Published: 23 January, 2012, 16:07
Tensions in the Gulf could reach a breaking point as a senior Iranian official said Iran would “definitely” close the Strait of Hormuz if an EU oil embargo disrupted the export of crude oil, the semi-official Fars news agency reports.
The announcement came in response to a decision by the European Union on Monday to impose an oil embargo on Iran over the country’s alleged nuclear weapons program.
“The pressure of sanctions is designed to try and make sure that Iran takes seriously our request to come to the table,” EU foreign policy chief Catherine Ashton said.
However, with Washington’s decision to deploy a second carrier strike group in the Gulf, the EU’s attempt to pressure Iran economically could greatly increase the likelihood of all-out war in the region.
The Strait of Hormuz is the vital link between the Persian Gulf and the Gulf of Oman.
It is also one of the most strategic chokepoints in the world when it comes to oil transit.
With world oil output estimated at some 88 million barrels per day in 2011, the US Energy Information Administration estimated that some 17 million of those barrels passed through the Strait.
If economic sanctions sufficiently pressure Iran to retaliate by closing down the Strait, nearly 20 per cent of worldwide oil trade would be impacted, resulting in a massive spike in global energy costs.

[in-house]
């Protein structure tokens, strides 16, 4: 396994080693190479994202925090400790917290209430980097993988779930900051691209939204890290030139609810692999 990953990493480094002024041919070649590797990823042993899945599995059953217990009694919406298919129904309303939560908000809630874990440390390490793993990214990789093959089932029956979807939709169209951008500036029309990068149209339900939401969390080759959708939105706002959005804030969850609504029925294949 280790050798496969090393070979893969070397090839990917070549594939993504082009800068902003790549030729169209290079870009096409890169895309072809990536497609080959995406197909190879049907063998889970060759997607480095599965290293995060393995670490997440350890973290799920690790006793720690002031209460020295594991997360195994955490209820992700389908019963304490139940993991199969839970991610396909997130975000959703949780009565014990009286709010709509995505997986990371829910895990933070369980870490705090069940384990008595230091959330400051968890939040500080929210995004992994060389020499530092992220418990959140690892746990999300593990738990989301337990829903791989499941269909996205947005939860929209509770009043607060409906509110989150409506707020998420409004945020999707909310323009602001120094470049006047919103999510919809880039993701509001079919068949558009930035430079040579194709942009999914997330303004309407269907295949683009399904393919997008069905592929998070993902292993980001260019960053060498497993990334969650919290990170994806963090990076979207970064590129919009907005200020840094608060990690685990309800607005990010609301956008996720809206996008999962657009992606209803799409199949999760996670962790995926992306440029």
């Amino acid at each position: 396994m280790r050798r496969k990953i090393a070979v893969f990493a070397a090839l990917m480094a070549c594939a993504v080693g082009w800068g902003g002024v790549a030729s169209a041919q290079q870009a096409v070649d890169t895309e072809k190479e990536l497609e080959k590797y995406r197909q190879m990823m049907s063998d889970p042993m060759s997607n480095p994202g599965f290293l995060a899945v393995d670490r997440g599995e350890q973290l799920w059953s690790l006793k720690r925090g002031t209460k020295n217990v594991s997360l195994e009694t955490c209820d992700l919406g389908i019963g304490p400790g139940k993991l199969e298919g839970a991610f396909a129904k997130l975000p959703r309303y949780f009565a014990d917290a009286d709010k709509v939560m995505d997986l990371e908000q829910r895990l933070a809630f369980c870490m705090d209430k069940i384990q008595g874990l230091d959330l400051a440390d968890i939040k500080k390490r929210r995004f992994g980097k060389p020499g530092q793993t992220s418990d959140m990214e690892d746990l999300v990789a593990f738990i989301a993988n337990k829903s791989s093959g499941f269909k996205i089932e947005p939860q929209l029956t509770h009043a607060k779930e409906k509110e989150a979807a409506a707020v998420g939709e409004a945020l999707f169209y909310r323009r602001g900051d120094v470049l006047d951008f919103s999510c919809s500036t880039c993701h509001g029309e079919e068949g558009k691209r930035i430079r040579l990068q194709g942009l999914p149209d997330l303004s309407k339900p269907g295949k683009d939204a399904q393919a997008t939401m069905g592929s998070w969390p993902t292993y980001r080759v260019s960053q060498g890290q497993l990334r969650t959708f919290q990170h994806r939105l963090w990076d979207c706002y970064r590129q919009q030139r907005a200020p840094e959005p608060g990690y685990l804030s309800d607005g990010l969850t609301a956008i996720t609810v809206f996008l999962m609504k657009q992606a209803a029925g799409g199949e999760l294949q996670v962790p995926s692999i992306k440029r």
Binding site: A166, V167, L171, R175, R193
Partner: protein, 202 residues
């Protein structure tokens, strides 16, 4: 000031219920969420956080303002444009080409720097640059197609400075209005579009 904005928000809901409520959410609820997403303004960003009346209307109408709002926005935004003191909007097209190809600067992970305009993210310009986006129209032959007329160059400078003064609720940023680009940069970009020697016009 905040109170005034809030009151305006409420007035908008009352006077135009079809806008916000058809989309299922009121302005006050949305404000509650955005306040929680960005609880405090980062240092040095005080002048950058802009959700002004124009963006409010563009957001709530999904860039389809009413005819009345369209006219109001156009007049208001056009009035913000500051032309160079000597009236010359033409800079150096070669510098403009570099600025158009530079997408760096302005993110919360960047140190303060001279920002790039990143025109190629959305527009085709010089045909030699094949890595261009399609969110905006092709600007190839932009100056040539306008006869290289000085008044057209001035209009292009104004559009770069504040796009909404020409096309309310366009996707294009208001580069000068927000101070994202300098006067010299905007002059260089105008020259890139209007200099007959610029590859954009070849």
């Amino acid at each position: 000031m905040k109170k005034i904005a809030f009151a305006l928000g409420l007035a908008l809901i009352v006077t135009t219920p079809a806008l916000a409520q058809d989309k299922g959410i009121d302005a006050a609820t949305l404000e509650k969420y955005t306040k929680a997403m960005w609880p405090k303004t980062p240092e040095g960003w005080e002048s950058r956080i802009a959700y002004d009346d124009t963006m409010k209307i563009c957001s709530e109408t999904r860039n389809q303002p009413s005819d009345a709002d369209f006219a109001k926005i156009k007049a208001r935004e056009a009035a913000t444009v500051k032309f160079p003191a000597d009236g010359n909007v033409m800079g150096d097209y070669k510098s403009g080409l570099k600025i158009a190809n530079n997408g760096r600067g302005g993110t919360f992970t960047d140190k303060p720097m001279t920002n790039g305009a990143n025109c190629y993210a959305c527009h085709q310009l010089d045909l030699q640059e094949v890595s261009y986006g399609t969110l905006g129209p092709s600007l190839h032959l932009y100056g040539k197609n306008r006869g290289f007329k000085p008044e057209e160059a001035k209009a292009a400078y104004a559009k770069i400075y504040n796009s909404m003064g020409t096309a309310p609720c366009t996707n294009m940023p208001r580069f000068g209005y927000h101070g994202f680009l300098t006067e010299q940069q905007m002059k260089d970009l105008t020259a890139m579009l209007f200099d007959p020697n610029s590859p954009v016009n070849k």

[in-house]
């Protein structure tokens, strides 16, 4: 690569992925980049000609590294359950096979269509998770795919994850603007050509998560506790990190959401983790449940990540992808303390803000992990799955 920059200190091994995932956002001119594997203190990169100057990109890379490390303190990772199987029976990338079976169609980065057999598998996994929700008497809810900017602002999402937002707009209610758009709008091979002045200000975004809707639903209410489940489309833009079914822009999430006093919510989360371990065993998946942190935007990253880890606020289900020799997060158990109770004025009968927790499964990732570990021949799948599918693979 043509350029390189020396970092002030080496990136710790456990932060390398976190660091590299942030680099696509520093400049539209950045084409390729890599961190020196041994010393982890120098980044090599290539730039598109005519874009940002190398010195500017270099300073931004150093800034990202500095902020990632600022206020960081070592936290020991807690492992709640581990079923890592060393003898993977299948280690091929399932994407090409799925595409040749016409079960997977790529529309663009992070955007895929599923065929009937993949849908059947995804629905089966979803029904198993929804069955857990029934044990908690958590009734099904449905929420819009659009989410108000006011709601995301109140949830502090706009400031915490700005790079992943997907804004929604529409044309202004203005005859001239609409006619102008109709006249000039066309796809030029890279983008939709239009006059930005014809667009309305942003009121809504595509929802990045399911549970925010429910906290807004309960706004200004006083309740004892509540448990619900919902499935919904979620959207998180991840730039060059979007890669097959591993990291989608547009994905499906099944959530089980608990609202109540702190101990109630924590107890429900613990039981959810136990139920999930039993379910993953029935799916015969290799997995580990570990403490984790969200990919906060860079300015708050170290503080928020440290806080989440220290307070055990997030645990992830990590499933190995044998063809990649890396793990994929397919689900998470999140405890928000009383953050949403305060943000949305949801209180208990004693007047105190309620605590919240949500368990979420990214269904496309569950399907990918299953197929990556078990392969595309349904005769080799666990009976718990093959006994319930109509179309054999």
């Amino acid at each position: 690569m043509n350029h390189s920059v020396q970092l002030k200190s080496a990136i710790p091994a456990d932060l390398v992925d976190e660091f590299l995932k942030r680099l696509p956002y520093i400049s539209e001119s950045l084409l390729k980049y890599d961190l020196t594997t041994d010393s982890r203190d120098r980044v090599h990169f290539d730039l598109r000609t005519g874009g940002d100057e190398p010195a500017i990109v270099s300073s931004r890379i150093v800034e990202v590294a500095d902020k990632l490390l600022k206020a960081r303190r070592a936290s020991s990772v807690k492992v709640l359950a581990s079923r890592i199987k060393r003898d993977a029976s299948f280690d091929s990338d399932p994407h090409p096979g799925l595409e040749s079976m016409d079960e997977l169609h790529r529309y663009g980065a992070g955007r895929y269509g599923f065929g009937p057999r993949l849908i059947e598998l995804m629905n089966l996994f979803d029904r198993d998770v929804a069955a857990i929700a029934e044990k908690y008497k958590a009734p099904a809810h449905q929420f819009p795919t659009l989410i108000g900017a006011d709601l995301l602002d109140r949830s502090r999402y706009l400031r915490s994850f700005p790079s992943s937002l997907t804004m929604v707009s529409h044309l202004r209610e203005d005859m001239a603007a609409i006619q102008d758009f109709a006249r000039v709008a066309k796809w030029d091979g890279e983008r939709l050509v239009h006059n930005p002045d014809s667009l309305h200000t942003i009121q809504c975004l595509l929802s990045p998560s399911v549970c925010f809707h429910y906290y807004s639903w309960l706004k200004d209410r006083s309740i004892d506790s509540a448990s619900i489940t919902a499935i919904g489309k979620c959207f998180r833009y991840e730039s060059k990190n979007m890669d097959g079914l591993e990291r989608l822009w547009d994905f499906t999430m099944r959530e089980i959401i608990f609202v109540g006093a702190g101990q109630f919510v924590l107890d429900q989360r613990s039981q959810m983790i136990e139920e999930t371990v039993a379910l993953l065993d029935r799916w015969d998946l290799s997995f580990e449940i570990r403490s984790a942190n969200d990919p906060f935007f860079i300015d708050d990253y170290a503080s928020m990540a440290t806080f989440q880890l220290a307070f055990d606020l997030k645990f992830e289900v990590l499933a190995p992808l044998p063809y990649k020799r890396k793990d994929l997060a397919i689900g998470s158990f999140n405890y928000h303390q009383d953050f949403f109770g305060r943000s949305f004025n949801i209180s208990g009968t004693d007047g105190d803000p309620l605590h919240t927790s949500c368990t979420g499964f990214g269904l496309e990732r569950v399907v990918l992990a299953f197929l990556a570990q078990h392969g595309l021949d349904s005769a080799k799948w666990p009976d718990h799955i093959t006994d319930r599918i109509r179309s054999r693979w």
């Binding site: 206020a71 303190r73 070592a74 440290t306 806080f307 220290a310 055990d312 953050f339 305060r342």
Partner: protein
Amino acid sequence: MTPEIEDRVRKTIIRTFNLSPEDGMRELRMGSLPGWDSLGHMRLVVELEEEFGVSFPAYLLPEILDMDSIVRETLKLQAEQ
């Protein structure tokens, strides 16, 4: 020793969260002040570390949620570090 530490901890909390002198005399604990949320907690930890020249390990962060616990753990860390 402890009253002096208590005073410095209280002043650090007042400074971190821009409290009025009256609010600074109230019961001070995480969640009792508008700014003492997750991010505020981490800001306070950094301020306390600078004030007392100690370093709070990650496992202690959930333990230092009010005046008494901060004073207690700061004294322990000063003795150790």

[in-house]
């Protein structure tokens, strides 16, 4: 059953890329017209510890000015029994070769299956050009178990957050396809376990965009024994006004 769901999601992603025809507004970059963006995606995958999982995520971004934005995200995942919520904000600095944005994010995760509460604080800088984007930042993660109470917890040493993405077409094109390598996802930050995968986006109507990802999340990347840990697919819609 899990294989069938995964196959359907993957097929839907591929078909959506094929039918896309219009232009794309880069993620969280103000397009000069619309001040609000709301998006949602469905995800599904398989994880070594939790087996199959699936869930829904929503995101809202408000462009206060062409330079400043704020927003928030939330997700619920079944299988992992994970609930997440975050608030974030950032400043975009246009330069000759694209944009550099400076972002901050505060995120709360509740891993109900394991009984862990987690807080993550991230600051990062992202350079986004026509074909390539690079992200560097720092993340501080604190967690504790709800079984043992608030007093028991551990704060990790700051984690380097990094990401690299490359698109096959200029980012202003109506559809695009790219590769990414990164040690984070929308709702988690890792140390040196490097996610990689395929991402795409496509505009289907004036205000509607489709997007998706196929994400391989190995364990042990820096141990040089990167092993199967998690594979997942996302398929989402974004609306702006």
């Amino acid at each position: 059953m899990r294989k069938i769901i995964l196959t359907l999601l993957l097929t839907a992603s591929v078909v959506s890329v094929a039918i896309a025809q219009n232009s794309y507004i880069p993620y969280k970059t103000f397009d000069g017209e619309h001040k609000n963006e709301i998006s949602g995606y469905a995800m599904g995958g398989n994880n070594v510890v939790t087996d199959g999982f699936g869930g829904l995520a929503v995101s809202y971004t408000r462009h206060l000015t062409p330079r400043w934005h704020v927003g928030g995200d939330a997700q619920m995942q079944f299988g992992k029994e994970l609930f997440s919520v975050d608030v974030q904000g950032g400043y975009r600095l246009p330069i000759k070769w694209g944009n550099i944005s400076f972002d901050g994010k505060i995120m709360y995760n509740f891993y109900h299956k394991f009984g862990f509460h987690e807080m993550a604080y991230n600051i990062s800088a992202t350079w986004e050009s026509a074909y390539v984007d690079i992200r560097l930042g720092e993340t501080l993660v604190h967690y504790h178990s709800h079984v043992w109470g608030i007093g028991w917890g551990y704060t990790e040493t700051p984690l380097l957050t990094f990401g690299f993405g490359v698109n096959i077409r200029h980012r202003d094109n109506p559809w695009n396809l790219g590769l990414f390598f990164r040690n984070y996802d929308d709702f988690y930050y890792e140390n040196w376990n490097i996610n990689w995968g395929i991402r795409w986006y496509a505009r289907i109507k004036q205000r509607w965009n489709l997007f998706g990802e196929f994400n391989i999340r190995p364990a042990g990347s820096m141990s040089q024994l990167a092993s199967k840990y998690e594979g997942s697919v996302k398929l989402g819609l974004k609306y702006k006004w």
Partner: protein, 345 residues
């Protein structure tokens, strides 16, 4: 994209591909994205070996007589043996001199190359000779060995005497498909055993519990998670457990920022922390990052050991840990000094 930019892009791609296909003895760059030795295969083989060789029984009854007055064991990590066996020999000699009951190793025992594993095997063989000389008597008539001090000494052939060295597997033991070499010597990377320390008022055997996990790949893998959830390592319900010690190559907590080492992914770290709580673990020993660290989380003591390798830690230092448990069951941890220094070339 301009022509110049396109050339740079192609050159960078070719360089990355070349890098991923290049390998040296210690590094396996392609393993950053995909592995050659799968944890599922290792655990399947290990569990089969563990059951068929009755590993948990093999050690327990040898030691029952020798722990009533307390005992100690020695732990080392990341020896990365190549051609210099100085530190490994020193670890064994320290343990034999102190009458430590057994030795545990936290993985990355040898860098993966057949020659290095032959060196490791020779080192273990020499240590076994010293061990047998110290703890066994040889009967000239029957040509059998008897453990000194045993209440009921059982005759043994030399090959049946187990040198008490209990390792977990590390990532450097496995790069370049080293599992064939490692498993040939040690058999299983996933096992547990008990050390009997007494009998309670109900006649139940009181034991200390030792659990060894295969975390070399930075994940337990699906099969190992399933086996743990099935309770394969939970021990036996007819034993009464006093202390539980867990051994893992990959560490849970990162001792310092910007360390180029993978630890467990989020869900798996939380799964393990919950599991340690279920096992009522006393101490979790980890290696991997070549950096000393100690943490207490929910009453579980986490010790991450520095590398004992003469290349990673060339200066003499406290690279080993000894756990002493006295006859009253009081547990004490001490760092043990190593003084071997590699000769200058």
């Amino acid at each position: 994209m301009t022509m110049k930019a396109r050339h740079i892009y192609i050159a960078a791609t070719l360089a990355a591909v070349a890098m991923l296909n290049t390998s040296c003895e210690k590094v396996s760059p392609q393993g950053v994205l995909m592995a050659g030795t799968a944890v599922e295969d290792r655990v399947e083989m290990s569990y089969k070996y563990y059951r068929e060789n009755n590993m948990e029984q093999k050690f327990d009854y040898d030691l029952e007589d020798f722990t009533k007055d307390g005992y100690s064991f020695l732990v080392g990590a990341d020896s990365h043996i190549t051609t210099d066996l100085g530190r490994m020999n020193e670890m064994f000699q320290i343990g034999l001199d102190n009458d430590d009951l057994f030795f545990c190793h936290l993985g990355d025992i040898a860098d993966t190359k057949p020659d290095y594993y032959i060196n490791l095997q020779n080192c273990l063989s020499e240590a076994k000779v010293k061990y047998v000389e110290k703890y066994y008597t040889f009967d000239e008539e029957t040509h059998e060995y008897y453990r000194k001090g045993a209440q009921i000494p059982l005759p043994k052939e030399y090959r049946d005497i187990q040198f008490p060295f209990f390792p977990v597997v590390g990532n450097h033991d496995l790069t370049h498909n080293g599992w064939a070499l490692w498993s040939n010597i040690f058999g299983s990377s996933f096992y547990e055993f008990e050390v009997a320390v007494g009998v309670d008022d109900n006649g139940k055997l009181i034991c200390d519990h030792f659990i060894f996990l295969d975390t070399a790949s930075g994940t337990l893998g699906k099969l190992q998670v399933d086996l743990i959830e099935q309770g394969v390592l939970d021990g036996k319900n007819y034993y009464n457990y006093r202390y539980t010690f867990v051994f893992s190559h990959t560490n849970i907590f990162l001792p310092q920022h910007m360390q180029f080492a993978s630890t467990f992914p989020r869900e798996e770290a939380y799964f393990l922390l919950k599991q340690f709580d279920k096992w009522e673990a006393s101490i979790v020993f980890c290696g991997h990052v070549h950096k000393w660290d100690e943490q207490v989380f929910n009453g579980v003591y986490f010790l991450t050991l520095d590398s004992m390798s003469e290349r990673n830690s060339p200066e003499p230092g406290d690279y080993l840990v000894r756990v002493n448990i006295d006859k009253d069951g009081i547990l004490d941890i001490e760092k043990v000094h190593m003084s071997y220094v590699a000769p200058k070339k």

With over half a million regular forces and an additional 120,000 personnel in the country’s elite Revolutionary Guard, analysts believe the consequences of a US-led war against Iran would dwarf recent Western-backed military incursions the Middle East.
Thus far, the US decision to maintain two carrier strike groups in the region has been described as “a routine activity” by Iran.
But the vast US military buildup in the region, which was bolstered when the Pentagon dispatched an additional 15,000 troops to the neighboring nation of Kuwait, was only the latest step in an obvious attempt by Washington to strengthen its military capabilities in the region.
However since 1988, when the United States managed to destroy some 25 per cent of Iran’s larger naval capability during Operation Praying Mantis, Iran has spent the last two decades preparing its Revolutionary Guard naval forces to exploit the vulnerabilities of the United States’ larger conventional forces.
According to Revolutionary Guard commander Brigadier General Jafaari, “The enemy is far more advanced technologically than we are, we have been using what is called asymmetric warfare methods… our forces are now well prepared for it,” he said, as cited by Global Bearings.
Ultimately, the latest round of brinkmanship between Iran and the West may force Iran to the negotiating table over its uranium enrichment program.
However, the EU strategy of averting “chaos in the Middle East” by tightening the economic noose around Iran could spark the very conflagration it was ostensibly trying to avert.